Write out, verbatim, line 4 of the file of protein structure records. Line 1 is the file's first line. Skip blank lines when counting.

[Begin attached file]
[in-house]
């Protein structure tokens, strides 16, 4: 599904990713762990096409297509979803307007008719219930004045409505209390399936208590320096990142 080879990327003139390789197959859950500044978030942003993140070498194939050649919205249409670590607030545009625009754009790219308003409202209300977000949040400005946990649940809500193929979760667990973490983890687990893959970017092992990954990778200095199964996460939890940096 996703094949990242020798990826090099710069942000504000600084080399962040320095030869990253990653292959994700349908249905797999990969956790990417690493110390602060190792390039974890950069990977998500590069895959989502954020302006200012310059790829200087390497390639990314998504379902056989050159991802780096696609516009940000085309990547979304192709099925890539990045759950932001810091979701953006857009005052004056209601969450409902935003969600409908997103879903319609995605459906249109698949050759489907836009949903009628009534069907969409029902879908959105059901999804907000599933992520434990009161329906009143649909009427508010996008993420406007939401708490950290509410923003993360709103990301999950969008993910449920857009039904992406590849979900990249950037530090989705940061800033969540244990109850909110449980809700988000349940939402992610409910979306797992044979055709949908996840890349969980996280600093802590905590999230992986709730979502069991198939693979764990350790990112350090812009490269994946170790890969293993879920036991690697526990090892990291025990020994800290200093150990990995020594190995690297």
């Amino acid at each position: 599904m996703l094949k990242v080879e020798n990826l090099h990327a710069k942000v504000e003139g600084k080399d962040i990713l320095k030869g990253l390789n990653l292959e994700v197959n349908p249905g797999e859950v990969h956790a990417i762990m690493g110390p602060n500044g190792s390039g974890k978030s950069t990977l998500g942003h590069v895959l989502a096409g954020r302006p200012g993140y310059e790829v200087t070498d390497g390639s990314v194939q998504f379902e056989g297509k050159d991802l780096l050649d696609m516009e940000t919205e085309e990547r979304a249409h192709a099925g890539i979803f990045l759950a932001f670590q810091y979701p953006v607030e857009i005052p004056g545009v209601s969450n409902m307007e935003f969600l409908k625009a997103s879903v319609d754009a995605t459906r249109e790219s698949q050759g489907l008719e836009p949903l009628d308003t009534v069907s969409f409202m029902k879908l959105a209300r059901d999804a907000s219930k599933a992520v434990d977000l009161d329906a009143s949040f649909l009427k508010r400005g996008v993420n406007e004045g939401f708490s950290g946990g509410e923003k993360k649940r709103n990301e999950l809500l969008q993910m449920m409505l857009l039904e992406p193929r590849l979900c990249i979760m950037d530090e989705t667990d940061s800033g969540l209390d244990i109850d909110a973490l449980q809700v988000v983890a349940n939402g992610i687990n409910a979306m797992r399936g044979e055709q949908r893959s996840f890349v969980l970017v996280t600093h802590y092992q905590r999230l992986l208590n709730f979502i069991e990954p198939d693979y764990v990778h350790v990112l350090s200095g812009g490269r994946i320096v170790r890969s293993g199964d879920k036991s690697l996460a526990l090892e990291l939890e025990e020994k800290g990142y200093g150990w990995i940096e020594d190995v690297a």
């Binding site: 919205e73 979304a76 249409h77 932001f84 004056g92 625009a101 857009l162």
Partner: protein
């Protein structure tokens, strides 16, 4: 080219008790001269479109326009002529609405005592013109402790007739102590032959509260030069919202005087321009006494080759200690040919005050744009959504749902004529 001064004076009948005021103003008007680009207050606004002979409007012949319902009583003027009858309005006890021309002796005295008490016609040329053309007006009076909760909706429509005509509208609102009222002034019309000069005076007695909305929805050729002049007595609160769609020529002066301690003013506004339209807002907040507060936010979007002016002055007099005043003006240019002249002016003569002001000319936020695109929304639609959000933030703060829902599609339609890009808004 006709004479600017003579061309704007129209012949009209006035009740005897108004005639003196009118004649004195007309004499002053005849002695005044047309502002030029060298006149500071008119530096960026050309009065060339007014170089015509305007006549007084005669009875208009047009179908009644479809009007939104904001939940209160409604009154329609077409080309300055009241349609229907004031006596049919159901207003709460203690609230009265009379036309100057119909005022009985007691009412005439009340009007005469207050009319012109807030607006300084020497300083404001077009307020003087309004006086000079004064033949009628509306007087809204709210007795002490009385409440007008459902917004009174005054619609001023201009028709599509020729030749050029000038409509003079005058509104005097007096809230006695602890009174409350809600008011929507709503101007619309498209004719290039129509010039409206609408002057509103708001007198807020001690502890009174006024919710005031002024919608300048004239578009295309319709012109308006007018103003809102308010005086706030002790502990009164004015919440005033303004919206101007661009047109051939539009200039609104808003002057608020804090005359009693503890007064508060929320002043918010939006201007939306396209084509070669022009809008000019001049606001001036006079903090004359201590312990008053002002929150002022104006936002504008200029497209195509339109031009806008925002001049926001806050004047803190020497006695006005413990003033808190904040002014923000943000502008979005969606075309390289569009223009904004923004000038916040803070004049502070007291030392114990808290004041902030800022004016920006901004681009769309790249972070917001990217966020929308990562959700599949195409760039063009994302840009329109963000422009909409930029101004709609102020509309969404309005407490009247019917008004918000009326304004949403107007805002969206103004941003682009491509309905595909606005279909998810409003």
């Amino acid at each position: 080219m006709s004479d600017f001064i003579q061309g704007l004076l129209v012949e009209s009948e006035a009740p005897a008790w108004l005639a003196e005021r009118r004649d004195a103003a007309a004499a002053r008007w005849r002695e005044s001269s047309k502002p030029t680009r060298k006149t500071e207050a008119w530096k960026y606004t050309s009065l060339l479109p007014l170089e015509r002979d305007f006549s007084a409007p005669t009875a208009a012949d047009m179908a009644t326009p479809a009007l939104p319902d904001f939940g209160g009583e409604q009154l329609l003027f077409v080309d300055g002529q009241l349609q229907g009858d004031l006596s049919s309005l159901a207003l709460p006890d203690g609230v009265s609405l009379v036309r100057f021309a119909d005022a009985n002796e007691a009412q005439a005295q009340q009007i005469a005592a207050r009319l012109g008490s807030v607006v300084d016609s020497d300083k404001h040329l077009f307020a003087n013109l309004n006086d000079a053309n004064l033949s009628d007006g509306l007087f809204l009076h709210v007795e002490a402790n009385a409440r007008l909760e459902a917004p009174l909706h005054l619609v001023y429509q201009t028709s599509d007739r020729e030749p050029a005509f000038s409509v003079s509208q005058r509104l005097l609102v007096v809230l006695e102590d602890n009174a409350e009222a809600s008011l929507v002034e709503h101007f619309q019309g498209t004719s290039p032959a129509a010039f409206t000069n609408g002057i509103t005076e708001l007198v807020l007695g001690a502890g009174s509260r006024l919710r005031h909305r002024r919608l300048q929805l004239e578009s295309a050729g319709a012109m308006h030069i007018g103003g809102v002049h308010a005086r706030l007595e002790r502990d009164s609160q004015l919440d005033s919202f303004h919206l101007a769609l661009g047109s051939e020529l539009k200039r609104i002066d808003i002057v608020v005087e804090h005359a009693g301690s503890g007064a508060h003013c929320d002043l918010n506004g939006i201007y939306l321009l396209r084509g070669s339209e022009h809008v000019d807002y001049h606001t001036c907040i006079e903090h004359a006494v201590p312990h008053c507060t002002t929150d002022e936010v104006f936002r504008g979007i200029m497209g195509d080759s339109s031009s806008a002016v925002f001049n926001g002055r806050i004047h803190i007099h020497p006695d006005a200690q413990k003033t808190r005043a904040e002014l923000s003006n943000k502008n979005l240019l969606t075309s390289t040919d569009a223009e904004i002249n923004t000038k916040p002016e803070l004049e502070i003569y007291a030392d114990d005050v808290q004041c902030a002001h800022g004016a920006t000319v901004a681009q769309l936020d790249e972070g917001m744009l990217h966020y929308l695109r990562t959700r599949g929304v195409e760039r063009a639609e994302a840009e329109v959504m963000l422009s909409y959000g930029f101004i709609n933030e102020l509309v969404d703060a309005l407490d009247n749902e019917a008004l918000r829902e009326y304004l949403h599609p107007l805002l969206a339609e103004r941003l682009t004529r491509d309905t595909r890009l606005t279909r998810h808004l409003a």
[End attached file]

């Binding site: 919205e73 979304a76 249409h77 932001f84 004056g92 625009a101 857009l162």